Colorado Fires Cause Evacuations

Equine evacuation plans were put to the test in Colorado when the Overland Fire in canyons northwest of Boulder grew so quickly that within just a few hours, 3,500 acres were engulfed and indefensible. The fire started on the morning of Oct. 29 in James Canyon near Jamestown, Colo., and spread east. On Oct. 30, crews were able to create a fire line in the Boulder Open Space called Heil Valley Ranch, one mile from US Highway 36. Tanker crews stayed in the area to check on hot spots for several days.

Officials from the Boulder County Sheriff’s Office animal control department and area barn managers estimated between 350 and 400 horses were at risk; 60 were evacuated to the nearby county fairgrounds, a designated evacuation site.

After the Hayman Fire of 2001, Boulder Country animal control officer Terri Snyder wrote an evacuation plan to identify a network of volunteers with trucks and trailers to haul horses to the fairgrounds.  Her two chief resources were the Boulder County Horseman’s Association (www.boulderhorse.org) and the county’s mounted search and rescue squads.

“This is the first time we’ve had to use it,” Snyder said of the plan, adding that spotty cell phone coverage in the mountains made reaching stand-by volunteers difficult.

No horses were lost in the fire, Snyder said.

Julie Barringer-Richers, former barn manager at Autumn Hill International Equestrian Center just up the two-lane highway in Longmont, where she directs the children’s dressage program, had to implement the evacuation plan she’d created for 43 horses within five minutes after 70 mph winds caused the fire to shift suddenly.

“Within 10 minutes we had one trailer with five horses going out,” she said.
Barringer-Richers said the evacuation went smoothly because of advance preparation that included constant communication with owners, neighboring barns and the evacuation destination; using a master list to check out horses as they loaded; having sufficient access to and egress from the barn; and prioritizing volunteers’ tasks (load horses, then hay and tack).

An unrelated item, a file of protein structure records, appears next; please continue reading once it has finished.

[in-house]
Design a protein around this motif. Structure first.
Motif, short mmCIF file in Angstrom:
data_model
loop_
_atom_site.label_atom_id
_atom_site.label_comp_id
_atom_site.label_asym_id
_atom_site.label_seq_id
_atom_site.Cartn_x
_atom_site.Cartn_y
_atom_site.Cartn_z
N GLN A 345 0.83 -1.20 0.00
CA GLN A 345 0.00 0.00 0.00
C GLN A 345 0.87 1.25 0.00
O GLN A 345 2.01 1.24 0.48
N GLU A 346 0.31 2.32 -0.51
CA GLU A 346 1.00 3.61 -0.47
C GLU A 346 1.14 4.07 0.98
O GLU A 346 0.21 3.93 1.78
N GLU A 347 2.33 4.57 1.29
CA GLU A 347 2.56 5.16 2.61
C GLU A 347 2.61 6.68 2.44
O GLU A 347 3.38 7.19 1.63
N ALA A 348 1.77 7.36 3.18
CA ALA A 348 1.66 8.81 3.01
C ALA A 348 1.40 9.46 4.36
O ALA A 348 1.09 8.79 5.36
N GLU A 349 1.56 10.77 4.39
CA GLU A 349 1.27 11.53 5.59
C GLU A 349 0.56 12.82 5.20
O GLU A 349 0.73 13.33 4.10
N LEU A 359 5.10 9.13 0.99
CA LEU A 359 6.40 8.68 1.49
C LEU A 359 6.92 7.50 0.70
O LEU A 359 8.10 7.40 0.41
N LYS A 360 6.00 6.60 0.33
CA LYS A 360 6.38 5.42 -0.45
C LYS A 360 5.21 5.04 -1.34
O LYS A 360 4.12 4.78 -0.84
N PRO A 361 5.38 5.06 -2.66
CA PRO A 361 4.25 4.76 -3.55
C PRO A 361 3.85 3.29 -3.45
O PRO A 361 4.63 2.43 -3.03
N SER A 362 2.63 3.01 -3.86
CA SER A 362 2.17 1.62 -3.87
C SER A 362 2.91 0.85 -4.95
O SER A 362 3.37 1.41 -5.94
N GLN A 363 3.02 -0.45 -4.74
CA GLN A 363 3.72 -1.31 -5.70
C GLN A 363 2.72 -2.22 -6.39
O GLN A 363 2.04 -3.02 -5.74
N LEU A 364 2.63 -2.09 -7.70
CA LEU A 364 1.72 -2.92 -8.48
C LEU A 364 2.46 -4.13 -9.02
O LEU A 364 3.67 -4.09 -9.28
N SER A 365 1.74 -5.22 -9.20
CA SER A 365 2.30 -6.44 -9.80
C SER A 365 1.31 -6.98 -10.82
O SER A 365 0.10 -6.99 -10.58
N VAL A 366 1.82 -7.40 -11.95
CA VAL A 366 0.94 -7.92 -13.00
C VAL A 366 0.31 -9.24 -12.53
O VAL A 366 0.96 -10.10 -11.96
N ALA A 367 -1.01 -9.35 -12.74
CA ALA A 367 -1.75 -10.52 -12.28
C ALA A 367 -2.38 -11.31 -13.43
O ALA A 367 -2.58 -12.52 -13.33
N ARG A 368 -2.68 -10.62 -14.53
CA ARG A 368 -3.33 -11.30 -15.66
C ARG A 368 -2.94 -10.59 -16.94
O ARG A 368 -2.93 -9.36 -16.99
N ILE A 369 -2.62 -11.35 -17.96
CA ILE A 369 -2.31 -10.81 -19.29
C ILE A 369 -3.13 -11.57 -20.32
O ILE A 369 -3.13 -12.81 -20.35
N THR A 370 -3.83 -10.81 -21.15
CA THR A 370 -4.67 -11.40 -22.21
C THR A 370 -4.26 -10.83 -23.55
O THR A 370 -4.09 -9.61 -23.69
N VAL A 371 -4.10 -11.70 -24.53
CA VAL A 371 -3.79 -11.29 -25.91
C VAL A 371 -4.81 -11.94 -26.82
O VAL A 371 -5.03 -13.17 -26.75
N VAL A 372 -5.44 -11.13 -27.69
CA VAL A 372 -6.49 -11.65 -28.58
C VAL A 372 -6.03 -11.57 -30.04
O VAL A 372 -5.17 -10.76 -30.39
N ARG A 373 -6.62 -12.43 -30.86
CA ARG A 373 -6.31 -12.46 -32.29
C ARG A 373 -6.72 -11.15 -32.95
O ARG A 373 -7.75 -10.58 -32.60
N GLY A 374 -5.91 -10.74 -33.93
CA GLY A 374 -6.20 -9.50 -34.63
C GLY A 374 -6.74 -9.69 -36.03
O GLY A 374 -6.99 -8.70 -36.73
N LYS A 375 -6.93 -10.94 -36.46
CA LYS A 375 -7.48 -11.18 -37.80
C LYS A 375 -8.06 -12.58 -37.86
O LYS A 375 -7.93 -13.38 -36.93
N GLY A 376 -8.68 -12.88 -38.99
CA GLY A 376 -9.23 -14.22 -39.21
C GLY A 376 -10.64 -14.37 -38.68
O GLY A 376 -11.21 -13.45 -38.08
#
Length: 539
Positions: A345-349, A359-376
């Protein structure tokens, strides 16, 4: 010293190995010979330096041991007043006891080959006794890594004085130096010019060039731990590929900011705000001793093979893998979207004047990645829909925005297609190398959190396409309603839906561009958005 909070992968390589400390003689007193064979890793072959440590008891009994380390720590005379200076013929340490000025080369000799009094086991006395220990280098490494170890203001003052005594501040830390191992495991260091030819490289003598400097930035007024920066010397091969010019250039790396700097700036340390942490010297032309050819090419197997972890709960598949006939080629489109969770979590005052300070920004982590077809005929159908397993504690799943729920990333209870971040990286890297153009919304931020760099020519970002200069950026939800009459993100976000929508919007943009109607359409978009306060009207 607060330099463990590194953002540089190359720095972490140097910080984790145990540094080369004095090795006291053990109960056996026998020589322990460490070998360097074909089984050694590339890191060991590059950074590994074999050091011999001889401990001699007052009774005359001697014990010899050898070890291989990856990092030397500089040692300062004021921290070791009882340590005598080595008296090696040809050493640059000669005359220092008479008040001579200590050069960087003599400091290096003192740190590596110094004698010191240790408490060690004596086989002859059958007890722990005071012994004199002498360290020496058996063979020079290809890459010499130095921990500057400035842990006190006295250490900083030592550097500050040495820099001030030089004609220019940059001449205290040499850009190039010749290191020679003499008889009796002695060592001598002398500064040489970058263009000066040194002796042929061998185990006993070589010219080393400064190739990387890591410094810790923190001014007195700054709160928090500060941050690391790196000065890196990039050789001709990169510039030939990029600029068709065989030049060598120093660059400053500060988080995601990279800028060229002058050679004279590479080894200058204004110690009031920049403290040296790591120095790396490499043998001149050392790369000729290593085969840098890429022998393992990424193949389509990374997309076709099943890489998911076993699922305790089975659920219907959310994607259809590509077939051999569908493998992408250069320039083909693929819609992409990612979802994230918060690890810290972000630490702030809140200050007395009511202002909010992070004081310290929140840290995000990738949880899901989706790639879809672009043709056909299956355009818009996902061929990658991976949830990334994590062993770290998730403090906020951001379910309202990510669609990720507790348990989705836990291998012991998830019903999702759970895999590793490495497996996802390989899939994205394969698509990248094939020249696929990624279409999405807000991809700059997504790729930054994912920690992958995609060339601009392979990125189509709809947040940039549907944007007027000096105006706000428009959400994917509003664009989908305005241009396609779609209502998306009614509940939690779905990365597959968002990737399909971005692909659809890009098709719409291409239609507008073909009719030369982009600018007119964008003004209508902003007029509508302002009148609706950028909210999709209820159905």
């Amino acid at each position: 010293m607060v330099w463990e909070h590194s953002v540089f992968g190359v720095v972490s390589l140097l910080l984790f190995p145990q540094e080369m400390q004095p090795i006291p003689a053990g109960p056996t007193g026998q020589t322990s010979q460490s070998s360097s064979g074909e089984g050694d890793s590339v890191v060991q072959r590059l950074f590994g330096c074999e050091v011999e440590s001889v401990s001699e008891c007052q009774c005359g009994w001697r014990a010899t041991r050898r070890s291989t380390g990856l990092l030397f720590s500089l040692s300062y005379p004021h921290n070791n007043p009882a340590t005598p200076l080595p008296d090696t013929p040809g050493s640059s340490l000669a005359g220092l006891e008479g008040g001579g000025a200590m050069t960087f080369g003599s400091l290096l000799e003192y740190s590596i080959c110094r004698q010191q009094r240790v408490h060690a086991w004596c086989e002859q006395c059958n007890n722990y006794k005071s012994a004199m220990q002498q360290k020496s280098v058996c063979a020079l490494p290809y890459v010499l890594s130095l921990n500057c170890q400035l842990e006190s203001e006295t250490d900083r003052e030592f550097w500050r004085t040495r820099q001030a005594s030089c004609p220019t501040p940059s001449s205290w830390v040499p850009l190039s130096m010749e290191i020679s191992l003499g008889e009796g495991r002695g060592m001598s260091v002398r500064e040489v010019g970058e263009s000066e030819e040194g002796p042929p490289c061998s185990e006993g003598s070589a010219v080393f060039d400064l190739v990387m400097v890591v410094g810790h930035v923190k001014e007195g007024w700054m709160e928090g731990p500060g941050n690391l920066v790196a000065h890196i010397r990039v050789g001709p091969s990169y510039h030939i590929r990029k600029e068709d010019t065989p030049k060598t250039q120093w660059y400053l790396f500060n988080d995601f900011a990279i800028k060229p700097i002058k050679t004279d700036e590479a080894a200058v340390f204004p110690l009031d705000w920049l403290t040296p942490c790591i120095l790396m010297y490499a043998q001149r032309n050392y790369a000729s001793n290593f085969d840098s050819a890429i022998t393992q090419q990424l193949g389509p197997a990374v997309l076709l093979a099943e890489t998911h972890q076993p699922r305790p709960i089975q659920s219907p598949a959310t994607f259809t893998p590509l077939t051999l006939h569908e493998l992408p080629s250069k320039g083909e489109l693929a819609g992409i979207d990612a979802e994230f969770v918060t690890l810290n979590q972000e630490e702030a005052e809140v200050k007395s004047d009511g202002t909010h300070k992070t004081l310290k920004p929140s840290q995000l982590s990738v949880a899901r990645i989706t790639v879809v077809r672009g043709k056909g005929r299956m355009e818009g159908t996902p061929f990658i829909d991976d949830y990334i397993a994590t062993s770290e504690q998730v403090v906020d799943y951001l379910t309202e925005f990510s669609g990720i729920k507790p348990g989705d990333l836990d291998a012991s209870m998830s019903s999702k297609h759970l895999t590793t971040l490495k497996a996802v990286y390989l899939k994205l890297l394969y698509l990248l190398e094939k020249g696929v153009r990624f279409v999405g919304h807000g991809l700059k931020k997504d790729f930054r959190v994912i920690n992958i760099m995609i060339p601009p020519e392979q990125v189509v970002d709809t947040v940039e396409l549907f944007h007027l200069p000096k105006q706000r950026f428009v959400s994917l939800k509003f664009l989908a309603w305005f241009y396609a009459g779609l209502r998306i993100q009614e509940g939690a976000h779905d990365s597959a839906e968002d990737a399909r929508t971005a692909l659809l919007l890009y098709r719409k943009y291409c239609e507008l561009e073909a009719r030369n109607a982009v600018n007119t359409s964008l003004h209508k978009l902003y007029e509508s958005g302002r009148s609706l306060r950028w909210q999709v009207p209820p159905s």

Earlier, she had required boarders attach two sets of dog tags to the halter side ring: one with the horse’s name, owner’s name and phone number; the other with the horse’s name, barn name, and phone number.

She also stationed herself in a central location to be visible and accessible. She said she created a calling tree to mobilize immediate help, which had detailed information about truck and or trailer availability, and urges trailer owners to keep them in good working order and the partitions in place.  She said she plans to create an index of more detailed information to include the specifications, ball size, and license plate number.

She also watched out for owners having difficulty loading their horses, stepping in if they couldn’t load the horse after three attempts, to avoid increasing the horse’s anxiety.

“Slant load trailers saved the day every time,” she said.

About the Author

Meg Cicciarella

Meg Cicciarella is a freelance journalist who lives and writes in Homer, on Alaska's banana belt, the Kenai Peninsula. Her articles have appeared in local, regional, and national newspapers and magazines.

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